Apply Drake's lyrics to any question in life.
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README.md

README.md

Aubrey

Ask any question, and have it answered with a relevant Drake lyric.

Note: this is a continual WIP

2

How it works

We use a combination of clustering and natural language processing to determine the lyric that the most related to an inputted question.

  1. Using the NLTK python library, all lyrics are tokenized based on the WordNet corpus, and then tagged for their part of speech.
  2. We also build up a list of unique tokens (bag of words) for all of Drake's lyrics.
  3. Each lyric is converted from their tokenized form into a feature vector, with each being the number of occurences of a word in the bag of words in the lyric. For example of bag_of_words = ["dog", "tree", "poop"] and the lyric is "A dog eat dog tree.", then the resulting vector would be [2, 1, 0].
  4. Combining the vectors of each lyric gives us a sparse matrix that can be passed into a clustering algorithm such as KMeans. This will split our lyrics into a group of X clusters, with each cluster having lyrics that are 'similar'. Judging whether the clustering went well is difficult, and leaves room for exploration in both the clustering algorithm and the tweaking of the algorithm itself.
  5. Now, when a user asks a question, we take that question and let the clustering model predict which cluster it should fit in.
  6. We then compare each lyric in the cluster to the question, and find the one with the closest match. This is done using pairwise comparisons between each corresponding token between the question and a lyric. Only tokens with the same part of speech are considered. The pairwise comparison is judged using the synset in WordNet.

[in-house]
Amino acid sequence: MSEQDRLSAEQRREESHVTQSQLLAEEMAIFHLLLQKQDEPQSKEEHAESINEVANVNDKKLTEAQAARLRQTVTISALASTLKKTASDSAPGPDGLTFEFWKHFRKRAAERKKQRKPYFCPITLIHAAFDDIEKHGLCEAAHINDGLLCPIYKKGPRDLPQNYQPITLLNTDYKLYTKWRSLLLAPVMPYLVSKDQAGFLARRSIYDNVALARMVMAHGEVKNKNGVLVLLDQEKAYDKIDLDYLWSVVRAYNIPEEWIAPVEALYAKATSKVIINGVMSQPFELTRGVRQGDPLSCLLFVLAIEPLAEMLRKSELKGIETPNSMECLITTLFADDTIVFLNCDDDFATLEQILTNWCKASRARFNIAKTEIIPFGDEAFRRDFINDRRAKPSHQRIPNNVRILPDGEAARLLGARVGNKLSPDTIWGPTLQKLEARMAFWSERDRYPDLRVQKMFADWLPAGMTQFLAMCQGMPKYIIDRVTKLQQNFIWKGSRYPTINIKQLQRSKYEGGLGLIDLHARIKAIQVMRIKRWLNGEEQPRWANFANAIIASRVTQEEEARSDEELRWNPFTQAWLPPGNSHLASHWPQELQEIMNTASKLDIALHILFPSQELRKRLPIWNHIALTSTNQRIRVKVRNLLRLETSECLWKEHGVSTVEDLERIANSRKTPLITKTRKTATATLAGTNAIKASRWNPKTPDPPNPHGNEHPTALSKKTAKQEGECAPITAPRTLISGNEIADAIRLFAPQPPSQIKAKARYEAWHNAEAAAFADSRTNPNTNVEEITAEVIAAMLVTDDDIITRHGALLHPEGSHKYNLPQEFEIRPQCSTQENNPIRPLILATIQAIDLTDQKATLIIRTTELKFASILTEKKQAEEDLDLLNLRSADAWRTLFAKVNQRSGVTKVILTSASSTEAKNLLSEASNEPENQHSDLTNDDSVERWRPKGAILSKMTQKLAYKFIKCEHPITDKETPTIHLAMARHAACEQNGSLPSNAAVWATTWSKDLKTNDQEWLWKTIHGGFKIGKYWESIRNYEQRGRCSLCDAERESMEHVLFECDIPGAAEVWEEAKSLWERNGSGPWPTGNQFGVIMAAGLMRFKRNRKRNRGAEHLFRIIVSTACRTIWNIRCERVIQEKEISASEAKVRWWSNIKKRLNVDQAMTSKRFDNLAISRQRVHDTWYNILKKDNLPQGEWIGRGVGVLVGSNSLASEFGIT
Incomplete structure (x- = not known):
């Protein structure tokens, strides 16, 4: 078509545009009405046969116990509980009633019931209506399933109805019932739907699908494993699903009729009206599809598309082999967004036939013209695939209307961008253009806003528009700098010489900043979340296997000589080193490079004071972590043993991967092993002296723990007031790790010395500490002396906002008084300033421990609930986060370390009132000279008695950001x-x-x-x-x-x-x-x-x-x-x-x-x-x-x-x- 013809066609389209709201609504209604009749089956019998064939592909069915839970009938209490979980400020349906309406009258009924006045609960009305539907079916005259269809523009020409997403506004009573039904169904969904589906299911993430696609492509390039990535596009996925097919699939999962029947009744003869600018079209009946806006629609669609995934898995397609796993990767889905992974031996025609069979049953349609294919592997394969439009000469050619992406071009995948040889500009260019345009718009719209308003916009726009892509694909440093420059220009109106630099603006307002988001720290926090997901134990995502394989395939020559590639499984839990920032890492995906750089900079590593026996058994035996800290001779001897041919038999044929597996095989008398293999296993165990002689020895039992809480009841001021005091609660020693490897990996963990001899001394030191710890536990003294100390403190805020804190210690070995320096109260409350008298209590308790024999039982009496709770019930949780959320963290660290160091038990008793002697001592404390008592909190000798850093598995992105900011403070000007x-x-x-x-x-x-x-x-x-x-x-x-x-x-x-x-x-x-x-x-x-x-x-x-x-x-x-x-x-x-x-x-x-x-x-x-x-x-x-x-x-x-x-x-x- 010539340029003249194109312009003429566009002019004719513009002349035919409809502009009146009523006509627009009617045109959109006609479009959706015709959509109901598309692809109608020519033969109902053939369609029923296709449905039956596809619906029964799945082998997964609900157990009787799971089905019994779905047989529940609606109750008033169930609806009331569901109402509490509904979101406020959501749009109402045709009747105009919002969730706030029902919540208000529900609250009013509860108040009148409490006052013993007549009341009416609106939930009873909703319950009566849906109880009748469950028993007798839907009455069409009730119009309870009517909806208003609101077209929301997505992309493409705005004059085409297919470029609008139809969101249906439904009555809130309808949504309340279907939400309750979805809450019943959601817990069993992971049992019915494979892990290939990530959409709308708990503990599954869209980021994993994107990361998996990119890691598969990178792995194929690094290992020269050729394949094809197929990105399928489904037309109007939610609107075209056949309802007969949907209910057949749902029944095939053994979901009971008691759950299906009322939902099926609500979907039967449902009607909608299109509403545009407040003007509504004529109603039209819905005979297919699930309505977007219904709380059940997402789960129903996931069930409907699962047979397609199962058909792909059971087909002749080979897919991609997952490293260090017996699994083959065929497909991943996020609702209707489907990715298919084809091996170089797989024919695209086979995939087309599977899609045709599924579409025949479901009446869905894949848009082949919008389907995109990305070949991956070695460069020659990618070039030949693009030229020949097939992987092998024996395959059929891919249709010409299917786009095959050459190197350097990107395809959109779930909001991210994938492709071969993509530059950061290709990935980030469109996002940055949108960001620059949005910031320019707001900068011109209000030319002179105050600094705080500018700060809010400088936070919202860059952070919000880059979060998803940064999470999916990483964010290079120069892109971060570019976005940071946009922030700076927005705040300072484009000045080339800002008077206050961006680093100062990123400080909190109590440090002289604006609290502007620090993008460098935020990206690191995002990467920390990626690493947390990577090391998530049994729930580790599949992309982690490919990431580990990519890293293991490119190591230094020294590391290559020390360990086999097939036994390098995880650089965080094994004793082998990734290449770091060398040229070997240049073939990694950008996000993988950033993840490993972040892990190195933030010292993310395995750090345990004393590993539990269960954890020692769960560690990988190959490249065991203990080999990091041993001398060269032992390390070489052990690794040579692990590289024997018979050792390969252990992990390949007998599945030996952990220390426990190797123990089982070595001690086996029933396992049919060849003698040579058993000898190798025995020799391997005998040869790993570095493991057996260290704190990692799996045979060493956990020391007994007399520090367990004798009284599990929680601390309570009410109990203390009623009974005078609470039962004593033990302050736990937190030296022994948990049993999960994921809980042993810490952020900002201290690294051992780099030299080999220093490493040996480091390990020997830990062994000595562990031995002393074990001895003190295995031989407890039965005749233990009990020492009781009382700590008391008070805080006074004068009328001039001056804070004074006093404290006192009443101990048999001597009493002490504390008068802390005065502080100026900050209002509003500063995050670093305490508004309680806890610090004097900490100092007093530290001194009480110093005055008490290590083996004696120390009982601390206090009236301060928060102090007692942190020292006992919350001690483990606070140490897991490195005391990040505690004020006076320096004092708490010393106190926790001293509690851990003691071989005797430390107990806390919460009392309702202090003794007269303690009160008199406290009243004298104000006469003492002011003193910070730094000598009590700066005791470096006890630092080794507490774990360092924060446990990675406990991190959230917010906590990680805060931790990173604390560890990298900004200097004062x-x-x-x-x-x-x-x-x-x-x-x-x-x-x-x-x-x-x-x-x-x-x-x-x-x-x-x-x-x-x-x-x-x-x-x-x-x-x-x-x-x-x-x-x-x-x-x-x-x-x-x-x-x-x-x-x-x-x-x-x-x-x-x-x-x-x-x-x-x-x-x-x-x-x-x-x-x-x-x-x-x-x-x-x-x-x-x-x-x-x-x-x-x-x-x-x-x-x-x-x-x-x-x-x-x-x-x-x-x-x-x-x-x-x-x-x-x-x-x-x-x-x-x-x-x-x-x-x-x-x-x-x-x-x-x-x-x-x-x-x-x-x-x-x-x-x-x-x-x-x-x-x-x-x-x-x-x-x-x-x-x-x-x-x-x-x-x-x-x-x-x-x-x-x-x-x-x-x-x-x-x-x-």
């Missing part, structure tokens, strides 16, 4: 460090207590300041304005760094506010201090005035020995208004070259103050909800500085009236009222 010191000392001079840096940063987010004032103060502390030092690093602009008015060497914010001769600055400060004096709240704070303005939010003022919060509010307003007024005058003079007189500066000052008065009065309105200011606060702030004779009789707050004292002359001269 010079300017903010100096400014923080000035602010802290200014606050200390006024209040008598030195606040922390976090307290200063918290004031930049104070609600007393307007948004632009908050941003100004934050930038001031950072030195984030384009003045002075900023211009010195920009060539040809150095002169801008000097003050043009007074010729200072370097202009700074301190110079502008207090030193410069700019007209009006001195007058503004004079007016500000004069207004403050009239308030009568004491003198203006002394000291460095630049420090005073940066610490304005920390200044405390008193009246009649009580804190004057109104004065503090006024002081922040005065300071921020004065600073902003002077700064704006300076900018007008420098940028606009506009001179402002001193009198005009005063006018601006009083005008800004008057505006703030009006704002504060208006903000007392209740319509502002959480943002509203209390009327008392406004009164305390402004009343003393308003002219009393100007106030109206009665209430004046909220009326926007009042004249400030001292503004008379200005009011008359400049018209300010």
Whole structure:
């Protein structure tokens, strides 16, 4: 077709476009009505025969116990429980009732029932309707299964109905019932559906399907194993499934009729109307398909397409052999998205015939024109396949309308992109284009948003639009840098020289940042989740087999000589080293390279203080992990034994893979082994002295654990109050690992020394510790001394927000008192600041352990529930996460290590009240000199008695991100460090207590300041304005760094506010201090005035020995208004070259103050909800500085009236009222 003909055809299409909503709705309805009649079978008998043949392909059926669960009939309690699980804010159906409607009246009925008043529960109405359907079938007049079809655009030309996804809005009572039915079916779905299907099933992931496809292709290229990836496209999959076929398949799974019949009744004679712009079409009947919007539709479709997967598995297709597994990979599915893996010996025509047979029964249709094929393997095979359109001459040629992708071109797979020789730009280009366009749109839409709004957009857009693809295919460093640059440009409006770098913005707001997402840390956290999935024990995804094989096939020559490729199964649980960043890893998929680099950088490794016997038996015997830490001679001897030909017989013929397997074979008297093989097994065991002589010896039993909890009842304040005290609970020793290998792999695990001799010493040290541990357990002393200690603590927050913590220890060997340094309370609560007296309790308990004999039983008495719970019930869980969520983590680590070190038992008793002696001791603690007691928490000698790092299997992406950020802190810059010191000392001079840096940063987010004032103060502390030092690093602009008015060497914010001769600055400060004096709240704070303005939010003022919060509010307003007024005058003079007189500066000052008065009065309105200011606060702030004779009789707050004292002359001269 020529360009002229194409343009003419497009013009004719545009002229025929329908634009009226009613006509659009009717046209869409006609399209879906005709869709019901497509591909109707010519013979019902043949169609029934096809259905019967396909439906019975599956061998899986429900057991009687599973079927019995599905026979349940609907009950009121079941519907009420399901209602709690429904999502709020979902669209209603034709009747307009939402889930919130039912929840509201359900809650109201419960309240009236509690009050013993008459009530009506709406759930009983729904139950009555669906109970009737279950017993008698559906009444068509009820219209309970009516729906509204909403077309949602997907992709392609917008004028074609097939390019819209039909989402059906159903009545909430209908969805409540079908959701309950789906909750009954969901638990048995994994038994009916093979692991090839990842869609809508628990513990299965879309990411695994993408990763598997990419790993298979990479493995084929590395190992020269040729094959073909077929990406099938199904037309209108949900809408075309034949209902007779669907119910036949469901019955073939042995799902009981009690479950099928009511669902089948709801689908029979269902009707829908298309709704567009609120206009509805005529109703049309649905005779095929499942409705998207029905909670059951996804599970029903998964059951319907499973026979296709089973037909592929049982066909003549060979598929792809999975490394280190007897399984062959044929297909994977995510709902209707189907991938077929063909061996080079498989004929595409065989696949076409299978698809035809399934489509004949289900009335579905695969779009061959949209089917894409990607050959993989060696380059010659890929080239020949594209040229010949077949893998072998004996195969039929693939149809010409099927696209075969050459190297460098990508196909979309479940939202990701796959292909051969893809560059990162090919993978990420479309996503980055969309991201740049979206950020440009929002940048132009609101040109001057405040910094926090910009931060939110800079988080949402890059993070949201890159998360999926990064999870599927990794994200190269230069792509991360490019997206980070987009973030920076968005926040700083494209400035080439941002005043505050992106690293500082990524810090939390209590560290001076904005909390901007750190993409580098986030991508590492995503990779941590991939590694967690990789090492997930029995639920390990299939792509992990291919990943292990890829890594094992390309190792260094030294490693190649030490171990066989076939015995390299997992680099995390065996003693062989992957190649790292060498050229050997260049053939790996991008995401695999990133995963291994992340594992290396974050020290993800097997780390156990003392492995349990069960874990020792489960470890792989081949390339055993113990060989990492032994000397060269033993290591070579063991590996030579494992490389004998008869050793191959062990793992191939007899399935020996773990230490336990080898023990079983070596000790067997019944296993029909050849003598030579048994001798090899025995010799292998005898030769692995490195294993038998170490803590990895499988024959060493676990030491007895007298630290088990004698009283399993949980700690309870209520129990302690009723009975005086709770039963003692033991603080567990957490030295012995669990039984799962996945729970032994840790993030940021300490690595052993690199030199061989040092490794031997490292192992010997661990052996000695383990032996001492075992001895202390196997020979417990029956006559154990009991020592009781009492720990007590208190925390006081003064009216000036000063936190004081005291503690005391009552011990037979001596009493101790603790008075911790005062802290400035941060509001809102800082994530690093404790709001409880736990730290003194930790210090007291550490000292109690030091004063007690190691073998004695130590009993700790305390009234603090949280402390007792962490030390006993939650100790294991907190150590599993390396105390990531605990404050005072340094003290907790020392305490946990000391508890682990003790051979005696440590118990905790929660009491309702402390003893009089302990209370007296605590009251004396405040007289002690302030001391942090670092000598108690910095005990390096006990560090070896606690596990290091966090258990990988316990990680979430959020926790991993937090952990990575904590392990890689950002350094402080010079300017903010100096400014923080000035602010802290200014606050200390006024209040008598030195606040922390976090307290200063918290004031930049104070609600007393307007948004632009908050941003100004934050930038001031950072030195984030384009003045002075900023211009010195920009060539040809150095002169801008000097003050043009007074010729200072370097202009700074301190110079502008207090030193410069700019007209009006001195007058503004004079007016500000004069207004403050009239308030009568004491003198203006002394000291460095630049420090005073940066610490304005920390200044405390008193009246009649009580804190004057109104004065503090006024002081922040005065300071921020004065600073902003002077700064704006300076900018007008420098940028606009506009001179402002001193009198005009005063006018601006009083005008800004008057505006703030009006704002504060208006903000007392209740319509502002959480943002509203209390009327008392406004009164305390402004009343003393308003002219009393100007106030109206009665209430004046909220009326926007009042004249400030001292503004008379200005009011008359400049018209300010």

Challenges

  1. The comparison between a question and a lyric can take a long time, as pairwise calculation of similarity between two tokens can be slow at time. We tried to mitigate this by clustering lyrics into smaller groups, so that there are fewer lyrics to compare to. Further improvement can still be made, as some questions can still take up to 30s to answer.
  2. Using a bag of words technique for representing lyrics may not be a good way to cluster lyrics. Words that are synonyms are not considered, and this may end up splitting up similar lyrics into different clusters. Having 'washy' clusters could prevent a question from matching with a super relevant lyric. Work can still be put into a smarter way to represent sentences that takes into consideration synonym graphs.
  3. Also related to our bag of words, we are currently just using unique 1-grams. This can be extended to using n-grams of arbitrary size, to perhaps capture more of the essense of a lyric as opposed to pure definitions. Choosing the cutoff point for n also will take experimenting.
  4. The bag of words originally had many similar words that were considered different because of varying inflections of tenses. This made the dimensionality very high and clustering was slowed down. To reduce dimensionallity, 3 techniques were used:
  5. Stemming: reducing a word to its root/base form, so that words like ran and running will be treated as the same token.
  6. Filtering out rare words: there were plenty of rare words that appeared only once in all of Drake's lyrics.
  7. Removing common/stop words (e.g. to, a, the, etc.). Luckily, WordNet accounts for stopwords during tokenization.
  8. The lyrics themselves needed cleaning up in some areas. For example, there were a lot of verbs contracted to drop their last g, such as "runnin'" or "cookin" (notice some have and some do not have the trailing apostrophe). This was cleaned up with some regex. Another example is varying unicode characters for the same meaning (e.g. U+0027 vs U+2019 for an apostrophe). Most of these issues were cleared with search and replace and some good ol' manual labour. There are still other lingering nuances, such as trailing punctuation (e.g. lyrics ending in commas), and Lyrics That Capitilize Every Letter In The Line.

Started at CalHacks 2.0